7. In the Name of God is an epic book that describes a series of landmark legal cases that changed the way faith-healing churches operated. Faith-healing churches believe that God is the ultimate healer and therefore if they have enough faith they will never be sick. They won't go to doctors or take their children to doctors even if they're dying. Christian Scientists are the most commonly known faith-healing church, but there are many offshoots. In 1977 a woman named Rita Swan lost her son to bact [...]


    8. When I purchase any book, but particularly one from an author with a number of works to his/her name, I expect it to be reasonably edited. This one was chock full of distracting errors, from people whose names changed from page to page (as one example, Patrick’s son went from Paul, to Pat, to Paul, to Pat, and back to Paul again), to extraneous commas, misplaced periods, find/replace errors, and others. Even a good run-through with Word’s grammar/spelling check could have found some of these [...]


    9. This non-fiction title delves into the ramifications of religious shield laws which (thank heavens this is changing) grant protection under the law if a child dies of a treatable medical illness and due to the parents' religious beliefs-- they refused medical care.This touches close to me as a pediatric ER nurse seeing parents refuse some aspects of medical care-- immunizations would be the largest. As a parent, I believe in my right to make decisions for my children, but as a pediatric nurse, I [...]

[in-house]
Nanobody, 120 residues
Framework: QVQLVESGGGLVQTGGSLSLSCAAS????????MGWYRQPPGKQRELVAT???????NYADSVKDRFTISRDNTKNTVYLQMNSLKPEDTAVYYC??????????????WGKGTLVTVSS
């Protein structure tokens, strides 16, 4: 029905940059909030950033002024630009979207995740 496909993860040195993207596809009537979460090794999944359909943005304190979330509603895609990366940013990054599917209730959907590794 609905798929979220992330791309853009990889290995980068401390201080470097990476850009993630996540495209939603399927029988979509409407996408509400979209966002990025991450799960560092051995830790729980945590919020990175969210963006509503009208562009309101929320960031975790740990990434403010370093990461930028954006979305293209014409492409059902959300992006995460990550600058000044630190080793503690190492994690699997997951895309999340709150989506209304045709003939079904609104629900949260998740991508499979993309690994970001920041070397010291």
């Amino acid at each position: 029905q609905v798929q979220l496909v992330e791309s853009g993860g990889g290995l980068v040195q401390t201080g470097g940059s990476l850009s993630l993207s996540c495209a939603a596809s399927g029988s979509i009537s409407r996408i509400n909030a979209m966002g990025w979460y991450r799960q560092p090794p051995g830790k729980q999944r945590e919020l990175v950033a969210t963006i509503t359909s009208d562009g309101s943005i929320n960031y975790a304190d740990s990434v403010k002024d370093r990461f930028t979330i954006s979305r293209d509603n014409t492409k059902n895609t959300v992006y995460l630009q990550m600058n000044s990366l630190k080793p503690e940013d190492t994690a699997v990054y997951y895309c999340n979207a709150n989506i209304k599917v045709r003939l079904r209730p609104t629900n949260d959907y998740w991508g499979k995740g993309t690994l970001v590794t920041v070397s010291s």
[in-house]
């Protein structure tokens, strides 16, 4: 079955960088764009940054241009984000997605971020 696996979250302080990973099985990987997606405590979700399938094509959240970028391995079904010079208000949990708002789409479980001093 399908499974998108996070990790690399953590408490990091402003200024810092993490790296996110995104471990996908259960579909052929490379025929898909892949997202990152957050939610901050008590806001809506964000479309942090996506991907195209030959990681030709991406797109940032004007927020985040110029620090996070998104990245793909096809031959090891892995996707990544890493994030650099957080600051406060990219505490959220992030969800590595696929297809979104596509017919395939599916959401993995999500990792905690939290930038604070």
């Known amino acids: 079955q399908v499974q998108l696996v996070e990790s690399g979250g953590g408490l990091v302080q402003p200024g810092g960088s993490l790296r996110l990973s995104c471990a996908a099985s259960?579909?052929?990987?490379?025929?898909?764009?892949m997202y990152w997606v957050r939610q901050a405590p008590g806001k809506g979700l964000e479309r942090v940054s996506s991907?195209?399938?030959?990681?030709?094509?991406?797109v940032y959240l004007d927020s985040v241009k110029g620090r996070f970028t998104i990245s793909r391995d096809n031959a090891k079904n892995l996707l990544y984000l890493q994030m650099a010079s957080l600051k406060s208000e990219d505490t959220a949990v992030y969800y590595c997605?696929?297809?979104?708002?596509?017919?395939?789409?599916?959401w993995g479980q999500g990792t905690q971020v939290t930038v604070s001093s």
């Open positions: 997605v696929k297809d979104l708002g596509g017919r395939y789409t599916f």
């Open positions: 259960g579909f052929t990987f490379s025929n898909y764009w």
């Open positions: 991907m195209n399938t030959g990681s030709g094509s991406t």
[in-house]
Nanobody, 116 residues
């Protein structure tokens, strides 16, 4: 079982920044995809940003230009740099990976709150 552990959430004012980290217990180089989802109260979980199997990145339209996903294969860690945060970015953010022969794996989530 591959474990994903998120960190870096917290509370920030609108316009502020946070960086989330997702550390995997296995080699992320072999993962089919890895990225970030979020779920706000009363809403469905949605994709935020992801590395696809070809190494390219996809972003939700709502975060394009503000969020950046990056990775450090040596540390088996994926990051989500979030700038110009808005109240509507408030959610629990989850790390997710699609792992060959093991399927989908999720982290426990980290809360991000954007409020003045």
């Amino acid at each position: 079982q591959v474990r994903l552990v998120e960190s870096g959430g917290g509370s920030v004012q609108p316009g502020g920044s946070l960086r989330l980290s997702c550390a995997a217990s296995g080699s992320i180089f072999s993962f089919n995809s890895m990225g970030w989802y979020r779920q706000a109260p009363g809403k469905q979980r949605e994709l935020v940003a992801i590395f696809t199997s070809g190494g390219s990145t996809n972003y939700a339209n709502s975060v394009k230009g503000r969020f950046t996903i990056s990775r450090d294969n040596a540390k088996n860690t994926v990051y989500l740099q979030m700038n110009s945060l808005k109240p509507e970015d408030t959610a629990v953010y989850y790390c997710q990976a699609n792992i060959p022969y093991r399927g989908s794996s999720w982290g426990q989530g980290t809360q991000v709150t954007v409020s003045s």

10. Perhaps because I live in OC, and am a native Oregonian certain things in this book bothered me more then the general reader. I'll start with my peeves then get to the good stuff that encouraged a 4 star rating. First, no one I've ever met uses terms like clackalackie, clackatucky, clackatraz, etc etc etcetera I think the Portland based author talked to one weirdo who did and ran with it. Many of his descriptions of the general lay out of the area were weird and off but again because I'm local. [...]


    11. As someone who has lived in Oregon City all my life, I can say this book NEEDED to be written. I have gone to school with, my children have gone to school with, and my job puts me in contact with members of this faith every day. While I was never a party to the cases mentioned in the book, I have seen numerous times where a small child from the cult has to deal with the pain of a broken bone with no medical attention, and then the aftermath of a bone that hasn't set correctly, or numerous other [...]


    12. This book will be a long time in my head. I was totally drained at the end after reading it. I have never in my life read a book that sucked me in the court room and the lives of the these people, everyone of them. I knew some of this was going on from the news but i had no idea it was still going on like it is; ALL IN THE NAME OF GOD. People are stupid. They would let their children and adults die because they felt they were holy and yet i have never seen such lying come out of their mouths in [...]